In a word: no.
Slate writer Evgeny Morozov when he passionately explains why it is bad that search results for whackadoodle anti-vaccination sites are ranked on Google right along with regular sites that provide actual information which has the benefit of being A) true and B) scientifically proven.
I get it, because I too have groaned aloud at the latest "anti-vax" tirade. The king of the anti-vax movement has been as thoroughly dethroned as it is possible to be, but people keep believing his lies. And when they do, children die of preventable disease. Diseases which we, in our wonderful modern time, could probably eradicate if there weren't so many idiots out there letting their kids be vulnerable to measles.
It's a quixotically First World problem, because in the rest of the world kids are dying of preventable diseases because they can't afford otherwise. Kids die of mosquito bites and bad water, and they can only dream of living in a country so advanced and wealthy that parents have the ability to choose not to vaccinate their kids.
But you know what? Kids are dying, either way.
That being said, if I could push a big red button that would delete all anti-vax websites and forums now and forever… I wouldn't. Because those sites have just as much right to exist as any other website. I can only hope that most people have enough critical thinking skills to understand that it's the worst kind of fear-mongering. (And clearly they do, because the vast majority of parents quietly vaccinate their kids every year.)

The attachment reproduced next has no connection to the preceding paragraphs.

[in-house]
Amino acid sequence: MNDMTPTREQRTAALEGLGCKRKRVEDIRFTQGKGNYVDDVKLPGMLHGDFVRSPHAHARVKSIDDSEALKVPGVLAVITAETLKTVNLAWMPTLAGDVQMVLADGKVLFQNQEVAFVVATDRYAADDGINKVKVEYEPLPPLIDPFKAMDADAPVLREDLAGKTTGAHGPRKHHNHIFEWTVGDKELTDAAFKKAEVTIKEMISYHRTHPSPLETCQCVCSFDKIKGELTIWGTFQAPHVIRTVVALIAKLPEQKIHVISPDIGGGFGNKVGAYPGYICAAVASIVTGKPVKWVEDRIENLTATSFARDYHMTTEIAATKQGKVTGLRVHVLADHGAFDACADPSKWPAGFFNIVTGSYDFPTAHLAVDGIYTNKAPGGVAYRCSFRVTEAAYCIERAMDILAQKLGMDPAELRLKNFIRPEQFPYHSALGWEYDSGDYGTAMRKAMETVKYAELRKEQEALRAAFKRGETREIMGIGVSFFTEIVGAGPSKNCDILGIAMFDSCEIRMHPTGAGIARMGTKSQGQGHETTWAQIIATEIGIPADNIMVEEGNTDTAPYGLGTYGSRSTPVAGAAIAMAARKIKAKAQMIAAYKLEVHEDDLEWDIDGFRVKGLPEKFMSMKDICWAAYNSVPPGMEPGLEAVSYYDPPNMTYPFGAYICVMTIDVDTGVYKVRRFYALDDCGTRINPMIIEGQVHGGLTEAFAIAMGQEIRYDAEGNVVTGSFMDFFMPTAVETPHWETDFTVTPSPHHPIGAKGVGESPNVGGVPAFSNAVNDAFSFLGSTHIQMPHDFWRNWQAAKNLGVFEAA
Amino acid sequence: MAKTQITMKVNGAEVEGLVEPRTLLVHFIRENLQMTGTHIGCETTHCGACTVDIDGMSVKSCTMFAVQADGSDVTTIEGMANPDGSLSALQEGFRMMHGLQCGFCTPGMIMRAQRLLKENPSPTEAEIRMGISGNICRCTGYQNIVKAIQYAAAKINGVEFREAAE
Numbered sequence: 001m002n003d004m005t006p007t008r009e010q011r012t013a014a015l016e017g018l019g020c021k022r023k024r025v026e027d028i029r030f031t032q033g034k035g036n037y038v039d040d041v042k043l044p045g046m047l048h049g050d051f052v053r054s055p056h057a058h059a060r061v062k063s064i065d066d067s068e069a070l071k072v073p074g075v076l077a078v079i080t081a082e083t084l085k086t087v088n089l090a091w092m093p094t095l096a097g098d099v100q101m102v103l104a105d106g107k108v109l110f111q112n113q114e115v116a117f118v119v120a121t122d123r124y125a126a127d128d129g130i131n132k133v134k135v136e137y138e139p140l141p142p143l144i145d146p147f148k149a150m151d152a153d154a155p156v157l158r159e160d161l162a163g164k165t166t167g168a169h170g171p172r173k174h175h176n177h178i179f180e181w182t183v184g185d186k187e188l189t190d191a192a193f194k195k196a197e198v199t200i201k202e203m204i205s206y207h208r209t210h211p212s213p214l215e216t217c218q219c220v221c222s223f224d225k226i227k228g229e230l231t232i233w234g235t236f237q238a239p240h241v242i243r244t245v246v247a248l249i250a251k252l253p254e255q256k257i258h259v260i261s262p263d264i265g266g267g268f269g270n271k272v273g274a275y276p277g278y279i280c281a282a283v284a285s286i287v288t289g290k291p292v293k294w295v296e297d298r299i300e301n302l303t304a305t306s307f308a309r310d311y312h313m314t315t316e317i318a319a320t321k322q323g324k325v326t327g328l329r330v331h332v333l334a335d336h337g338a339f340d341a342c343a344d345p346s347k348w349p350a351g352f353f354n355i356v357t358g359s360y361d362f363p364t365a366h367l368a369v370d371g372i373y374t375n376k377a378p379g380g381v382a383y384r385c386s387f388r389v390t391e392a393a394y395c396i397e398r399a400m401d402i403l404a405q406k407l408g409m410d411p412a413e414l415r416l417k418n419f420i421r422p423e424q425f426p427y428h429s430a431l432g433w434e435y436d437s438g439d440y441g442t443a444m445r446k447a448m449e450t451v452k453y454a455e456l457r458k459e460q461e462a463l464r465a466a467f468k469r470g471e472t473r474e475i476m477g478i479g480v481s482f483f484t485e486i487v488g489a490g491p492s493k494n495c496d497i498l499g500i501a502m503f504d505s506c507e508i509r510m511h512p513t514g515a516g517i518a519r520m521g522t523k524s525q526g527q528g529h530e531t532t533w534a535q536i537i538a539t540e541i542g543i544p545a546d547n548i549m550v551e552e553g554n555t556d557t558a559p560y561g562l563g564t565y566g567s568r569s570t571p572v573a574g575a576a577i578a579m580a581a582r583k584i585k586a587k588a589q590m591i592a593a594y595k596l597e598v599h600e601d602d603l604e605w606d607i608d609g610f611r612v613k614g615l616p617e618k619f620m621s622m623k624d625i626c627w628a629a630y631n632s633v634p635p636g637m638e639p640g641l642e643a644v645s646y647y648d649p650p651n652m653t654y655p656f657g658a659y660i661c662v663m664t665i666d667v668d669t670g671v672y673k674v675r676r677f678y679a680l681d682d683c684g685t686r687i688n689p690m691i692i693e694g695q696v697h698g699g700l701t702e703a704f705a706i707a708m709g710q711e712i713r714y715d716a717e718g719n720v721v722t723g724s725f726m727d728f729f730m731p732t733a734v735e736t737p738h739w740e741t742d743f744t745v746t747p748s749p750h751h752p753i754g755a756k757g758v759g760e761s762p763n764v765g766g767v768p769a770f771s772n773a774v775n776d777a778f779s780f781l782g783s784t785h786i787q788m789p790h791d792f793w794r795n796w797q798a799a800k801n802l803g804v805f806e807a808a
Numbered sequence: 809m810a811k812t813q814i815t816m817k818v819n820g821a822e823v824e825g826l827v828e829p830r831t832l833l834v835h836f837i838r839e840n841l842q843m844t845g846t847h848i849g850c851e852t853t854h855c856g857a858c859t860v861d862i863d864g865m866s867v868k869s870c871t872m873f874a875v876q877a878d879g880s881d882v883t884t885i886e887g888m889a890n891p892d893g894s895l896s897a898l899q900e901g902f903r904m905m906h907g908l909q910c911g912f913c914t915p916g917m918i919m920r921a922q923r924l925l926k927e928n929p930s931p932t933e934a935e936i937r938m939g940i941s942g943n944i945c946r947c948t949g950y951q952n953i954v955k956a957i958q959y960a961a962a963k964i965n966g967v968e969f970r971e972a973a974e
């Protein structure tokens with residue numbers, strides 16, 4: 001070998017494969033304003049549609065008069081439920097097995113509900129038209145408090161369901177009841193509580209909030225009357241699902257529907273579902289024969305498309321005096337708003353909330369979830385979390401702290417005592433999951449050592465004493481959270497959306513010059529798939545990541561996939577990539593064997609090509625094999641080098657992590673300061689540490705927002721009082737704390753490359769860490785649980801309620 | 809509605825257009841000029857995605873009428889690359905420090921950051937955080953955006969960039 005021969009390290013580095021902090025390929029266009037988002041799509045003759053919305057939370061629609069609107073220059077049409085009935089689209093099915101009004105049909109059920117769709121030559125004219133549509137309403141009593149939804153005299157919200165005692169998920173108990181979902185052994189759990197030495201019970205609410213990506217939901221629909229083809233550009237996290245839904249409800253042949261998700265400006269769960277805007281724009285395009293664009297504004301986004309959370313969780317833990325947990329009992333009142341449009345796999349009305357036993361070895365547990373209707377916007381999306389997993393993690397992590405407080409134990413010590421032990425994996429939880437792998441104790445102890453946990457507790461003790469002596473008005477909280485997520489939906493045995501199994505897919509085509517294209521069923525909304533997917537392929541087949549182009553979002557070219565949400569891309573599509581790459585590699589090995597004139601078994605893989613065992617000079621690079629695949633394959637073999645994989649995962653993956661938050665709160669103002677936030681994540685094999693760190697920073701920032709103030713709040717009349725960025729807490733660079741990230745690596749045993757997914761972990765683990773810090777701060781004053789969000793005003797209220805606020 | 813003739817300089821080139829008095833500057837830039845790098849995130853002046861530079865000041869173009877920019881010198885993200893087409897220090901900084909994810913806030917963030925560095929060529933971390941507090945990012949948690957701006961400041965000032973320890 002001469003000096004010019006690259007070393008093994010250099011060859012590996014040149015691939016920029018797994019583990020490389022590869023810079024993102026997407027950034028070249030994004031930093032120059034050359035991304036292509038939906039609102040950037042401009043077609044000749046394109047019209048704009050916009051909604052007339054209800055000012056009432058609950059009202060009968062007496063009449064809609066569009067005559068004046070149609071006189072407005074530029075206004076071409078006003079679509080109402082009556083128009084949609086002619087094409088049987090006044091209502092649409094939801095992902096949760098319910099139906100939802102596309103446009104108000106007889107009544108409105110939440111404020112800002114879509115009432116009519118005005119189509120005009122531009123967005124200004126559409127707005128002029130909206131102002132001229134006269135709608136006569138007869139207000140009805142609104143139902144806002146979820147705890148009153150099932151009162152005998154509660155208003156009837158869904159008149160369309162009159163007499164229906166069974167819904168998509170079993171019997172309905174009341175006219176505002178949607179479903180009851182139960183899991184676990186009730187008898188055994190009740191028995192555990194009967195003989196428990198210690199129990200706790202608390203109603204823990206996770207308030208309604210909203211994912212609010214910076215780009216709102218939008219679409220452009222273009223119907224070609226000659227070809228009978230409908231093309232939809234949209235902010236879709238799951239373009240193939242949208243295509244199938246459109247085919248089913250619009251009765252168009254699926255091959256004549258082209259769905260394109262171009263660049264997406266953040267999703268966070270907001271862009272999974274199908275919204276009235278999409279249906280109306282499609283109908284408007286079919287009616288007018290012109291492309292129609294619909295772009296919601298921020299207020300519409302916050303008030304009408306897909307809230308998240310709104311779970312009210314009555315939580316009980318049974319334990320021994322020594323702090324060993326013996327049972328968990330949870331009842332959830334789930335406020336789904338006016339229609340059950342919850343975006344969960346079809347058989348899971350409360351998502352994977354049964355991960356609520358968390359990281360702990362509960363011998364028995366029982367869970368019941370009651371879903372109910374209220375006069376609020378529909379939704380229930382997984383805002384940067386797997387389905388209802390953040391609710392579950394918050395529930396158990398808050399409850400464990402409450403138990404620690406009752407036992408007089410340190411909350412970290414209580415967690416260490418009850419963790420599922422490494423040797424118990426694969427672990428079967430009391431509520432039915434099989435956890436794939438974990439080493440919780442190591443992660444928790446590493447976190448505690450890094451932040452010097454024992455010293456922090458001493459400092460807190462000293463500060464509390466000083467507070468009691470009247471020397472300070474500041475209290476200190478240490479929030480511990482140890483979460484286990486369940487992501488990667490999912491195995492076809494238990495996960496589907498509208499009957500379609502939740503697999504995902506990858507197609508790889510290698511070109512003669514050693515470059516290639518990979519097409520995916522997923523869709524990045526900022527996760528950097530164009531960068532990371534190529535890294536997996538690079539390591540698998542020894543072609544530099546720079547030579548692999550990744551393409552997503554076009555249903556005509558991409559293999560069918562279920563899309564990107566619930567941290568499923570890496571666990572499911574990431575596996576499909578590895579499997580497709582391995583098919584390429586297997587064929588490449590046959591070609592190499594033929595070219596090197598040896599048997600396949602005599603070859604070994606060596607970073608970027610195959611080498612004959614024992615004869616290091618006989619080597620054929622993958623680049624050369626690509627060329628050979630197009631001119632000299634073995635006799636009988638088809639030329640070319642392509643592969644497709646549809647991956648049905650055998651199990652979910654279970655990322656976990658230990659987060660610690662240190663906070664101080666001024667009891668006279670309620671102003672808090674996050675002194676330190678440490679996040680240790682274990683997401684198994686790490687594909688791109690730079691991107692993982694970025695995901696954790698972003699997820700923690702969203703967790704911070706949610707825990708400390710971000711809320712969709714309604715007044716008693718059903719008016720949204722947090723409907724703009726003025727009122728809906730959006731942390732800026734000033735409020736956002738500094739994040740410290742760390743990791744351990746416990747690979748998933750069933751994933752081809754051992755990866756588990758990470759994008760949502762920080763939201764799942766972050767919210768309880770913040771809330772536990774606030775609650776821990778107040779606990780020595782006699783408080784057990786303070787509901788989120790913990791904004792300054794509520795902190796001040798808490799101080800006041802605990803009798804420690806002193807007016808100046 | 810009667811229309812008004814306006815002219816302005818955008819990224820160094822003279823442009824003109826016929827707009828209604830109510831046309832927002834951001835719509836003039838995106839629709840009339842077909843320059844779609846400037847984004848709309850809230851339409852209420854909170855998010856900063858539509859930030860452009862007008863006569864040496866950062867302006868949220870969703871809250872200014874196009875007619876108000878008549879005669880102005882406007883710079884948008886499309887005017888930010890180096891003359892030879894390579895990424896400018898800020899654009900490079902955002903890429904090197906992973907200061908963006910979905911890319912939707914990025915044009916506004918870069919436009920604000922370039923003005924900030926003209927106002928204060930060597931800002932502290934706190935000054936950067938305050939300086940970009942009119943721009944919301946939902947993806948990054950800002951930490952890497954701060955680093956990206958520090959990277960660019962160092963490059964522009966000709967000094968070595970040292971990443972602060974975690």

Google is not in the business of censorship, or of shaping reality. And if you ask Google to censor websites or shape reality (by determining which information is right and which is wrong), you are on a slippery slope to disaster. The entire point of Google is that it indexes the web without judgment. It maintains the Wikipedia-style ideal of the "Neutral Point of View."
What would Google be, if it were otherwise? It would fall somewhere between "useless" and "actively damaging." You can say that "I would only ask Google to flag sites which are scientifically inaccurate and unproven, like anti-vax and 9/11 truther sites." But the obvious consequence here is that Google would then have to go on to flag any site which is even tangentially about religion, because what is more scientifically inaccurate and unproven than religion? And who decides what is proven and what isn't? The next thing you have is a Digg-style takeover by people with an axe to grind and an itchy "Flag This Site" finger.
It's a big world, folks. There's plenty of room for all the ideas in it.